Marano Fellows Class of 2014
Name: Zach Boren

Senior Advisor


Office of Apprenticeship, U.S. Department of Labor

Location: Washington, DC
Industry Sector: Manufacturing

Organizational Background & Mission: The Office of Apprenticeship’s (OA) mission is to collaboratively lead and support our uniquely American Registered Apprenticeship system, promoting high quality workforce solutions for industry, ensuring valued earn and learn opportunities and career pathways for job seekers, and building strategic partnerships that strengthen our nation’s workforce and improve the economic competitiveness of U.S industry.

For more than 75 years, Registered Apprenticeships have provided the nation with a demand-driven model of work-based learning opportunities combined with classroom instruction leading to industry recognized credentials and sustainable, well-paying careers. This sector-based system is dependent on high levels of private investment and engagement where industry drives training standards and pays the cost for a skilled workforce while yielding exceptional individual (estimated at $300,000 in net life time earnings gain) and public sector benefits (career pathways, high wages, and other economic benefits).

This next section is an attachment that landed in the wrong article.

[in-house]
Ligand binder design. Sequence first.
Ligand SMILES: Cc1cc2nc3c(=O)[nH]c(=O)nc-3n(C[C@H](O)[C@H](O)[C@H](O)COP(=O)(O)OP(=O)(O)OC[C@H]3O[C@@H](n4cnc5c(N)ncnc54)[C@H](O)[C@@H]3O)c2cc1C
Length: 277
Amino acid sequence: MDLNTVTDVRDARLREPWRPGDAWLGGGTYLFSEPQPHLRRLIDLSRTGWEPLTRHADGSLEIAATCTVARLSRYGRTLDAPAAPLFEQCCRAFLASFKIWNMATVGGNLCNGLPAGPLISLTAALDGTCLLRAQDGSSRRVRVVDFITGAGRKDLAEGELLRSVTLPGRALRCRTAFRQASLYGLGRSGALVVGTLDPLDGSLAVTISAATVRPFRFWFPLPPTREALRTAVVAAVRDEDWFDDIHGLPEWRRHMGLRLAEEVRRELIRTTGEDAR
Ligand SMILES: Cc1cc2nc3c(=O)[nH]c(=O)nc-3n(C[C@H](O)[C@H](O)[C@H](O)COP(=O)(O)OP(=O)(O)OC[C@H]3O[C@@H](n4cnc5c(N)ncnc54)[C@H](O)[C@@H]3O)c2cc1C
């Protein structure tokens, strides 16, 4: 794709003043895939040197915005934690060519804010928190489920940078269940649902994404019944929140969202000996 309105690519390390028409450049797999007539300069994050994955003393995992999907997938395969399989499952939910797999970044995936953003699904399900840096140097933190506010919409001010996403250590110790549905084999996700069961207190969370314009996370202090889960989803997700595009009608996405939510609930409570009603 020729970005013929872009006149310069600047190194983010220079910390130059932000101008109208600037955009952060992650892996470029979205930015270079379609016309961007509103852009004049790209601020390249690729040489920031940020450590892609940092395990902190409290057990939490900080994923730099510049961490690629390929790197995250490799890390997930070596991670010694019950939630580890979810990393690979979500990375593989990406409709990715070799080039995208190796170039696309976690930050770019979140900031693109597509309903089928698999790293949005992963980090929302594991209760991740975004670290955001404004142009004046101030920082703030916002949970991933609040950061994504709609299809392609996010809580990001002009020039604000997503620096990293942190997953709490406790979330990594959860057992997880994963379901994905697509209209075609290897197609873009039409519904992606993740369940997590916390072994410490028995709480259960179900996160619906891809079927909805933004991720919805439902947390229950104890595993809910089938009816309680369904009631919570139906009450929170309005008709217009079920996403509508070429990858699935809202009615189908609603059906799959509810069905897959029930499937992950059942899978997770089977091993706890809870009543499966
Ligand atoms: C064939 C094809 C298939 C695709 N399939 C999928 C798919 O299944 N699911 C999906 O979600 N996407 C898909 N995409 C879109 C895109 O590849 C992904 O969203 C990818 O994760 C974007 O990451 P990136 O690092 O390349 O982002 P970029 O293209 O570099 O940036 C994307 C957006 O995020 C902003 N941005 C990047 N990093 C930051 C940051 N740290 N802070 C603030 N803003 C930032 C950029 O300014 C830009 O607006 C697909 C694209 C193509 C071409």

Interest in Sector Work: In Fiscal Year 2014, OA is kicking off a Sectors of Excellence in Apprenticeship (SEAs) initiative to develop industry sector strategies with the aim of creating more apprenticeships in high-growth industries and occupations. In particular, OA will focus on improving its manufacturing sector strategy at the national and regional levels. Today, manufacturing consists of approximately 10 percent of all apprenticeship programs. With the establishment of the SEAs and other strategies, OA aims to dramatically increase the number manufacturing apprenticeships over the next five years.

My objective in the Aspen Sector Skills Academy is to learn proven approaches to advance apprenticeship in manufacturing and other sectors wrestling with creating a competitive workforce. The next generation depends us to build a workforce and an economy that is job-driven, and that provides for family-sustaining careers. Our organization must invest wisely, in proven economic development strategies, such as sectoral strategies, to rebuild and expand the middle class. I believe the partnerships, policies, and lessons learned at the Academy will help our organization meet America’s increasing skills gap, and at the same time, address the problem of growing economic inequality.